Maya Lakshmi Harris is a lawyer, public policy advocate, philanthropic leader, and television commentator from the United States. She currently works as a political analyst for MSNBC and is the campaign chairwoman for her sister Kamala Harris’ 2020 presidential campaign. She began her legal career as a civil litigator. She remained a law professor at the University of San Francisco School of Law and also taught contract law at the Lincoln Law School in San Jose and the New College of California School of Law. She was appointed Dean and Chief Executive Officer at Lincoln, making her one of the country’s youngest law school deans. She worked as a Senior Associate for PolicyLink and as Executive Director for the American Civil Liberties Union of Northern California. Following that, she worked as the Ford Foundation’s Vice President for Democracy, Rights, and Justice. She was named senior policy advisor, along with two others, to lead the development of an agenda for Hillary Clinton’s 2016 presidential campaign. She serves on the Apollo Theater Foundation’s board of directors, is a member of the Council on Foreign Relations, and is co-chair of the Women’s Media Center. Among her publications is a police reform advocacy manual titled ‘Organized for Change: The Activist’s Guide to Police Reform.’
Childhood and Adolescence
Maya Lakshmi Harris was born on January 30, 1967, in Champaign-Urbana, Illinois, to Donald Harris and Shyamala Gopalan Harris. Her mother, the daughter of Indian diplomat P. V. Gopalan, immigrated to the United States from Madras (now Chennai) in 1960. She was a breast cancer researcher. Maya’s father moved to the United States from Jamaica in 1961. He teaches economics at Stanford University.
Maya grew up in the San Francisco Bay Area with her older sister, Kamala. When she was about five years old, her parents divorced. By a court-ordered settlement, custody of the girls was granted to their mother. The two children then moved to Montreal, Québec, Canada, to live with Shyamala. Both the Baptist and Hindu faiths were instilled in the girls as they grew up. The siblings also sang in a Baptist choir.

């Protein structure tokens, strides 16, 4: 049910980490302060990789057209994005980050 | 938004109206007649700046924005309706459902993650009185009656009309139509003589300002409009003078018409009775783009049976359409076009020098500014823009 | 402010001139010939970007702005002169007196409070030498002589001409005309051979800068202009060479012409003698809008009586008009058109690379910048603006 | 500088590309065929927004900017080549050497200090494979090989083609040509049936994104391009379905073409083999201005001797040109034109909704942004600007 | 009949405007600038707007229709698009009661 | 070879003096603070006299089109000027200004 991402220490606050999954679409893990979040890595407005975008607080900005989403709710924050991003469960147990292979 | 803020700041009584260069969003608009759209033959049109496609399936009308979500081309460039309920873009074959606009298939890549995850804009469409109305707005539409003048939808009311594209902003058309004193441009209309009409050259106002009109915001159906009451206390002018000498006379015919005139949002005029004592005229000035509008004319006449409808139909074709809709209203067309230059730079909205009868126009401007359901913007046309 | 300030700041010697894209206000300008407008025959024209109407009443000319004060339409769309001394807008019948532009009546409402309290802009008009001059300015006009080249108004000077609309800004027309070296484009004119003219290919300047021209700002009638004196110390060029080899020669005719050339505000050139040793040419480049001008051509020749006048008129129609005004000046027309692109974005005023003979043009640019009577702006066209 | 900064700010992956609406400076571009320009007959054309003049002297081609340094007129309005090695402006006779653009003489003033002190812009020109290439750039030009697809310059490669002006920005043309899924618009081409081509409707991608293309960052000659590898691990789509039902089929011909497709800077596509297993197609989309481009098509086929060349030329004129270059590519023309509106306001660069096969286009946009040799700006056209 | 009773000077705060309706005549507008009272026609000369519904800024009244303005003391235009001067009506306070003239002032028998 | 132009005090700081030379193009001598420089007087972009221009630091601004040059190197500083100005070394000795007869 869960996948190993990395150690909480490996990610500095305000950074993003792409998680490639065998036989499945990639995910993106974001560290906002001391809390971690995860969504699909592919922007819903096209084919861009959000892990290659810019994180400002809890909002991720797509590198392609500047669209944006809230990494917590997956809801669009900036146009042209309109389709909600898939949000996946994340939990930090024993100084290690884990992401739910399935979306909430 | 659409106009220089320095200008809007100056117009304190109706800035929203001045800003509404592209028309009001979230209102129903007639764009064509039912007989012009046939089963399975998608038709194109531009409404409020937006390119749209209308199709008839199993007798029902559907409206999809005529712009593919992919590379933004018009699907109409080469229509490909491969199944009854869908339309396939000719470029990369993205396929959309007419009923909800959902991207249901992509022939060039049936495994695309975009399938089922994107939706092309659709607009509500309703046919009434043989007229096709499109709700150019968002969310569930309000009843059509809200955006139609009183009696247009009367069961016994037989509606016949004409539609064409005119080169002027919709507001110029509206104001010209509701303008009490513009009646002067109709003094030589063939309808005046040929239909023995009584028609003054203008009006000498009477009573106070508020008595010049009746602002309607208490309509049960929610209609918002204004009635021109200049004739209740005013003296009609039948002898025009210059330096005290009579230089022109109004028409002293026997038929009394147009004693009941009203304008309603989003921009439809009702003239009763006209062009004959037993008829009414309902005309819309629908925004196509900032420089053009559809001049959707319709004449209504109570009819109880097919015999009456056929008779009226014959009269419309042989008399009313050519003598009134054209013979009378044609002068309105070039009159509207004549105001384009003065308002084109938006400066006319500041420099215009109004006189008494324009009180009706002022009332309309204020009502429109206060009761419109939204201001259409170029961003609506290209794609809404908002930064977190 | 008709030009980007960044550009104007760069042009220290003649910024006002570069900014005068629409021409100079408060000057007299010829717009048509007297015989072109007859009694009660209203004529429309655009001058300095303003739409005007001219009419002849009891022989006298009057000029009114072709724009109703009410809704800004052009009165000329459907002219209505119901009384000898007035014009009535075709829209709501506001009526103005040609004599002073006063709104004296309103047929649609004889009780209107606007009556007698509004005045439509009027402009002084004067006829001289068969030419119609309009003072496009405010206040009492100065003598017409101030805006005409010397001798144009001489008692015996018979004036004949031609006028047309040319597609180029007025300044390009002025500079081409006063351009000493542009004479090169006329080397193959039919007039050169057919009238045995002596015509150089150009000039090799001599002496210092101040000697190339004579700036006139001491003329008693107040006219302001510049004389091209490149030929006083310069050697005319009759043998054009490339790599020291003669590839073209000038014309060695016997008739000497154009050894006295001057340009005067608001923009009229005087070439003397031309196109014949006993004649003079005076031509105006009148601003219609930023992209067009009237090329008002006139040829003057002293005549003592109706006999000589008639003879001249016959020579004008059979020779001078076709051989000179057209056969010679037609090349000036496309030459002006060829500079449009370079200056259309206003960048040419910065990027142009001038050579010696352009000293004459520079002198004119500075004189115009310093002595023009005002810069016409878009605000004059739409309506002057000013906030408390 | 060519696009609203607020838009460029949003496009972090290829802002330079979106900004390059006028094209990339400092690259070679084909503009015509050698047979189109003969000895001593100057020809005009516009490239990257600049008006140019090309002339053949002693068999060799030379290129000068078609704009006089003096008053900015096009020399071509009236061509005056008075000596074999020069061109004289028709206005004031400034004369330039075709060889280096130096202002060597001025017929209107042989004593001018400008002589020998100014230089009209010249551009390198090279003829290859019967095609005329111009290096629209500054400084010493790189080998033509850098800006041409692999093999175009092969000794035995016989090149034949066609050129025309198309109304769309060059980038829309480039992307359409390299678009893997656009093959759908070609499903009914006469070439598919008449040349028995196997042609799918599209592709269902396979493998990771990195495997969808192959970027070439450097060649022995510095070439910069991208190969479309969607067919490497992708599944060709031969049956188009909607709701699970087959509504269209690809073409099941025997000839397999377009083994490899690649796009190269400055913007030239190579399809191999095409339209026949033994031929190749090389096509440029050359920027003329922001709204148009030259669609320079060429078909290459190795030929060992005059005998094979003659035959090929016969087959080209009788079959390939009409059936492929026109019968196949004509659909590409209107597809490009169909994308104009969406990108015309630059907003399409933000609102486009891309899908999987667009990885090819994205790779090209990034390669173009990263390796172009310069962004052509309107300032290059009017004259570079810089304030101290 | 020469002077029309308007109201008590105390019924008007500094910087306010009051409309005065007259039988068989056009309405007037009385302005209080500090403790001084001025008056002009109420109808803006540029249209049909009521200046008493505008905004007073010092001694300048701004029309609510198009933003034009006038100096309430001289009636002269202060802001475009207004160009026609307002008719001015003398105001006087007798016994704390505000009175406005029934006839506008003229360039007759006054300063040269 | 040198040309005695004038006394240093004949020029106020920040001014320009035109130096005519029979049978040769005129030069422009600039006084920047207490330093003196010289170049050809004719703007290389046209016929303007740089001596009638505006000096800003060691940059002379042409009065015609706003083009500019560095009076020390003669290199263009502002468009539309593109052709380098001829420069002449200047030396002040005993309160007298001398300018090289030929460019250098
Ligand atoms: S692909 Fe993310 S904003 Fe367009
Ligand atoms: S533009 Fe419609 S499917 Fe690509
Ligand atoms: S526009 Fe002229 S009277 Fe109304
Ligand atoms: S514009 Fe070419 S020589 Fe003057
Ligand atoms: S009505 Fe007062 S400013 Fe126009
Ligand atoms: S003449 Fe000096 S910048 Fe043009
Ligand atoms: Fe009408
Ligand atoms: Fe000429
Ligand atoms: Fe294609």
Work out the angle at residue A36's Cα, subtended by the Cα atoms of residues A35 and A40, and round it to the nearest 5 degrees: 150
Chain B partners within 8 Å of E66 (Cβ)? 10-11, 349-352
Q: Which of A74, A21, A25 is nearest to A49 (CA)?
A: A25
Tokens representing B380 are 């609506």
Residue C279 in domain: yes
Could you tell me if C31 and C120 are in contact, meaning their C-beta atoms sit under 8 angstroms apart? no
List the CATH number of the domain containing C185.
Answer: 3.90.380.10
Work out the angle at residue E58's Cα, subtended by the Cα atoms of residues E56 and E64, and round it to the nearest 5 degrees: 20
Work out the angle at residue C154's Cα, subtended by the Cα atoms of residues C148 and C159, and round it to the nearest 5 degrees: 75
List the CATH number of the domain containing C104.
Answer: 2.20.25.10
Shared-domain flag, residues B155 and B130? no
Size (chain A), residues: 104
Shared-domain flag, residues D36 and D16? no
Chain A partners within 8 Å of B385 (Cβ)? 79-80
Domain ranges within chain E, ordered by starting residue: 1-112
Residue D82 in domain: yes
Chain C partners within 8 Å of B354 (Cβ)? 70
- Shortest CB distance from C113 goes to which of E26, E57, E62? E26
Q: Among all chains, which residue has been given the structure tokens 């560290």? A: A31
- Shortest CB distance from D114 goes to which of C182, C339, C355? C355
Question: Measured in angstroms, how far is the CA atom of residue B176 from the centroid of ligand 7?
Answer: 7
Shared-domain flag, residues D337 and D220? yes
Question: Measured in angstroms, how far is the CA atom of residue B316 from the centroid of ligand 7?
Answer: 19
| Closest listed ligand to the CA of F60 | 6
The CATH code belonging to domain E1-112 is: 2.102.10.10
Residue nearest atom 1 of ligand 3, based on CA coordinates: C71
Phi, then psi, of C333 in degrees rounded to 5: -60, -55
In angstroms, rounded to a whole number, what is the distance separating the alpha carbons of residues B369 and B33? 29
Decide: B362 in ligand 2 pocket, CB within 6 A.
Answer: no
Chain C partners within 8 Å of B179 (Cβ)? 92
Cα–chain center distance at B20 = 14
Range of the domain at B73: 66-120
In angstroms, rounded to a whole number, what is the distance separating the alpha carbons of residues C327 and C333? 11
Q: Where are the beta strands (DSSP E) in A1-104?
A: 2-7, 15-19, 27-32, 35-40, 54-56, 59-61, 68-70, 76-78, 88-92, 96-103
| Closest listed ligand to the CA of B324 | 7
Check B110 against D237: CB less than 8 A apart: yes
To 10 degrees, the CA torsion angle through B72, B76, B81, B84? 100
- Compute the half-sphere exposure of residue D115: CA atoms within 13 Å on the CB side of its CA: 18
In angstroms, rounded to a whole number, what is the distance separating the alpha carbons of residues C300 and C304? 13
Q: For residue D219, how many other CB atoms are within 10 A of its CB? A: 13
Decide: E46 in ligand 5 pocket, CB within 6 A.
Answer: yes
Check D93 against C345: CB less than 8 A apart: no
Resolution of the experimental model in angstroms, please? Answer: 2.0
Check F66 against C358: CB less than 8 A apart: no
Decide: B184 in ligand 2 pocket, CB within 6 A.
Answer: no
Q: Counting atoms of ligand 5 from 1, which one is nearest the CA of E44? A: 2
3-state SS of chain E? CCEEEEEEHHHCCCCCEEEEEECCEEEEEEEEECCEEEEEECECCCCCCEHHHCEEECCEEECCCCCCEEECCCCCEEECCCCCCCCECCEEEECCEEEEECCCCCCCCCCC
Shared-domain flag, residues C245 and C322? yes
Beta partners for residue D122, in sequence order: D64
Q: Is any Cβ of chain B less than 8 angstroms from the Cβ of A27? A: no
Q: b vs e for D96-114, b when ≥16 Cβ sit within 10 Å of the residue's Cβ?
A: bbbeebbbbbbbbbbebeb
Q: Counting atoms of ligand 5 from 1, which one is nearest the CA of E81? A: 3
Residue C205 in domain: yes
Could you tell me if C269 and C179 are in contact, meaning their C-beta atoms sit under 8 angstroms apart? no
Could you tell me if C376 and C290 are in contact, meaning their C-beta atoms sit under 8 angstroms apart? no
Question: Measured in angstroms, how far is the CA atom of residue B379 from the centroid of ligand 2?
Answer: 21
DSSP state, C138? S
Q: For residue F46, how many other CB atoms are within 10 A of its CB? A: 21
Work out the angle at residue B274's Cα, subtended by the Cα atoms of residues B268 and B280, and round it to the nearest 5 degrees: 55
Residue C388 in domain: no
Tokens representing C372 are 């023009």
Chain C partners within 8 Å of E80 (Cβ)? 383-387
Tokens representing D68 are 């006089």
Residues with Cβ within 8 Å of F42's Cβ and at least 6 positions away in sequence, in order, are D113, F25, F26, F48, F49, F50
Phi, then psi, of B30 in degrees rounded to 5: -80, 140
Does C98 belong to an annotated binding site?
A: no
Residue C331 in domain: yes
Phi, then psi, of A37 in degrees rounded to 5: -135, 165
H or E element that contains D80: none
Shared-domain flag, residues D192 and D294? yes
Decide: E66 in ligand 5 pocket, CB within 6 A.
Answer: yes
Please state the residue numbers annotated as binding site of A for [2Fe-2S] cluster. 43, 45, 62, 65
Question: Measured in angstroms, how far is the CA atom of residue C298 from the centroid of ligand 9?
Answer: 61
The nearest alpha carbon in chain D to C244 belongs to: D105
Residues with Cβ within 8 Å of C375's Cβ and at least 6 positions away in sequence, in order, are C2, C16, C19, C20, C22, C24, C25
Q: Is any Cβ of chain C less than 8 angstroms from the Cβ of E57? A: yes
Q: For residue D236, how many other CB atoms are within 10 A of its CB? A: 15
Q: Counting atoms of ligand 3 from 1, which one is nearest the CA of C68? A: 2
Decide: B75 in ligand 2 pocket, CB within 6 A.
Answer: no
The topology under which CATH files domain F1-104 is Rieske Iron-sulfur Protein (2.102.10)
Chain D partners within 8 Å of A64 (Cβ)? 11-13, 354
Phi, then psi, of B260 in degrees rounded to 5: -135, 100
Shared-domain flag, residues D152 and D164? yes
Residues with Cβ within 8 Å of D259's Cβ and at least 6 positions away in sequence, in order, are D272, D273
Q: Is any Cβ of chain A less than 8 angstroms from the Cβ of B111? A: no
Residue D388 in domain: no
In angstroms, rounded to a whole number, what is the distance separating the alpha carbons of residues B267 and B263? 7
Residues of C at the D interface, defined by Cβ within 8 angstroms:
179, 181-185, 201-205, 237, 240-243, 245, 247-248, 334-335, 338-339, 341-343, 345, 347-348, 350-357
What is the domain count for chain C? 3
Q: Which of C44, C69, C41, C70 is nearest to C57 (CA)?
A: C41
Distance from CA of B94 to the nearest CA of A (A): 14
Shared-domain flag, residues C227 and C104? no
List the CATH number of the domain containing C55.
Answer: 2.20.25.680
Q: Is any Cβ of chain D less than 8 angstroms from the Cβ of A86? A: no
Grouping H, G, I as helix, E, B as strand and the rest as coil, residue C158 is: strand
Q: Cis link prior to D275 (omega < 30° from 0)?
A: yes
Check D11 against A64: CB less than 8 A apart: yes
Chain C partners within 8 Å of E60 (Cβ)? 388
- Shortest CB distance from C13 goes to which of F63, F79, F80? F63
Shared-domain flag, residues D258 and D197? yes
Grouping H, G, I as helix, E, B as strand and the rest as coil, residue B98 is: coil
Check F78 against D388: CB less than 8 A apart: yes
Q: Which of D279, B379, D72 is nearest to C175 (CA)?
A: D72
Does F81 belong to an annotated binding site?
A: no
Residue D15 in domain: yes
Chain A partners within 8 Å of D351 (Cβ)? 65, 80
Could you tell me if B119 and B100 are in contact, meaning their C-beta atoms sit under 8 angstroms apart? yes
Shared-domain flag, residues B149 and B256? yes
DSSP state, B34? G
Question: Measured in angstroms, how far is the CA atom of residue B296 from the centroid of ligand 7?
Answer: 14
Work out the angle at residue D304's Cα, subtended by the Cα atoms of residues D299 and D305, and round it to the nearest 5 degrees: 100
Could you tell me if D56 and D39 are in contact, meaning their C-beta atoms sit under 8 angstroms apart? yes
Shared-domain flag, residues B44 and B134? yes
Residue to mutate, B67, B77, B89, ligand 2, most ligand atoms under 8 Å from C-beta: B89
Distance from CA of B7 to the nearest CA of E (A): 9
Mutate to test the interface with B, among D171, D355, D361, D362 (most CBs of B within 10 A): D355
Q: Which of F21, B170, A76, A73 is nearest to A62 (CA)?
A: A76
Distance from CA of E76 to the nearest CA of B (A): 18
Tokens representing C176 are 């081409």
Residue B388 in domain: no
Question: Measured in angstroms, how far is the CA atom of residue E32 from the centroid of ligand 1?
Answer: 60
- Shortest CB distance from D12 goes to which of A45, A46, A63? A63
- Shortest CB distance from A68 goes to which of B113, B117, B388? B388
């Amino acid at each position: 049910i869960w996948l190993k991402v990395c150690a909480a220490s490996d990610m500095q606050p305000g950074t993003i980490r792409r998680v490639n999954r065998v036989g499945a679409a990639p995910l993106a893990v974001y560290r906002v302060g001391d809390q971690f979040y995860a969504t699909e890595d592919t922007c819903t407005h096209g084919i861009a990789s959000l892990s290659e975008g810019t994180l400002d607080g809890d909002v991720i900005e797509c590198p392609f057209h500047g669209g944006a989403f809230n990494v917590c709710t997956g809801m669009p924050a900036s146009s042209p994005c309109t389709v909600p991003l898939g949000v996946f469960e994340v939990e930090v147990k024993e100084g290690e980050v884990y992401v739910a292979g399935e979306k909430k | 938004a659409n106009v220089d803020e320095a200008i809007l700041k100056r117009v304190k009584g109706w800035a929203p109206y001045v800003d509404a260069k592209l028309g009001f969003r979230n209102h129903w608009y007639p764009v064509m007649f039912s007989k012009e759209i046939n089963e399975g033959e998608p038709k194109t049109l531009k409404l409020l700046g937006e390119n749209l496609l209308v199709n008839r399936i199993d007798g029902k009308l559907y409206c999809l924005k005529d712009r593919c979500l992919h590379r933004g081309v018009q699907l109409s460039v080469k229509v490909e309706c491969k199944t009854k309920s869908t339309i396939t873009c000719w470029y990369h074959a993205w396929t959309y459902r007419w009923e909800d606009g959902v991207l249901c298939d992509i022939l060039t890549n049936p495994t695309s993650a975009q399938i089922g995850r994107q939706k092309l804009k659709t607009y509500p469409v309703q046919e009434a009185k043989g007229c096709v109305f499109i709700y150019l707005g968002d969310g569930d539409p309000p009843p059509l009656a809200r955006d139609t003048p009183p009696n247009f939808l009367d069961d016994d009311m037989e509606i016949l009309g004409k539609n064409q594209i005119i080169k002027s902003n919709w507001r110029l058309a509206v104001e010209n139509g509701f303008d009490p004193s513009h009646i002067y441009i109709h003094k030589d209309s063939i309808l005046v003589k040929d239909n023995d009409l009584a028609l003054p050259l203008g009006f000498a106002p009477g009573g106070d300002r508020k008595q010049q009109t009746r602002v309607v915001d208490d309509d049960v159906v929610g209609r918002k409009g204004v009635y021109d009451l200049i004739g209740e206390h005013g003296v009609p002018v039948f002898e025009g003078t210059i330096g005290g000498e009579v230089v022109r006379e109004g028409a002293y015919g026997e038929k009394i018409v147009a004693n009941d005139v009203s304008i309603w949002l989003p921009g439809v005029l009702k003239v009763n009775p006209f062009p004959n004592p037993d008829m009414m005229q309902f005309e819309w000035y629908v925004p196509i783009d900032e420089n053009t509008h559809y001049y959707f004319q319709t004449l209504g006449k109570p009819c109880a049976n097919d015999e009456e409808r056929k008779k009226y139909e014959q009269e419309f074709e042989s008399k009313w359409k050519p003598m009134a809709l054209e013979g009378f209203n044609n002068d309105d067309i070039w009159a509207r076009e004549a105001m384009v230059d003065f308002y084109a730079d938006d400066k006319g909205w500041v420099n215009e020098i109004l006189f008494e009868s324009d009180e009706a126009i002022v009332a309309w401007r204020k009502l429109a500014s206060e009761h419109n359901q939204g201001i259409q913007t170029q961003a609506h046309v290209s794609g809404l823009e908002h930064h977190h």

When Maya was eight years old, she and Kamala persuaded the management of their apartment building to make an unused courtyard available for the kids to play in.
She received her Bachelor of Arts degree in 1989 from the University of California, Berkeley. She then graduated from Stanford Law School with a JD. During her time at law school, she was co-chair of the student steering committee, coordinator of the domestic violence clinic, and a member of the East Palo Alto Community Law Project.
Maya began working as a law clerk for United States District Court Judge James Ware in the Northern District of California after finishing her studies.
In 1994, she was admitted to the San Francisco law firm of Jackson Tufts, Cole & Black, LLP. She worked on both civil and criminal cases there. In 1997, she received the Junius W. Williams Young Lawyer of the Year Award from the National Bar Association’s Young Lawyers Division. In 1998, the San Francisco Daily Journal named her one of the Top 20 Up and Coming Lawyers Under 40.
She worked as a law professor at the University of San Francisco School of Law. She also taught contract law at the New College of California School of Law and Lincoln Law School of San Jose, both of which are private, non-profit law schools. Lincoln’s Board of Trustees appointed her Dean and Chief Executive Officer. She was only 29 years old at the time, making her one of the youngest law school deans in the United States. Her job as Dean was to move and improve the law school campus, renew the school’s state bar accreditation, change the basic curriculum, and hire new teachers.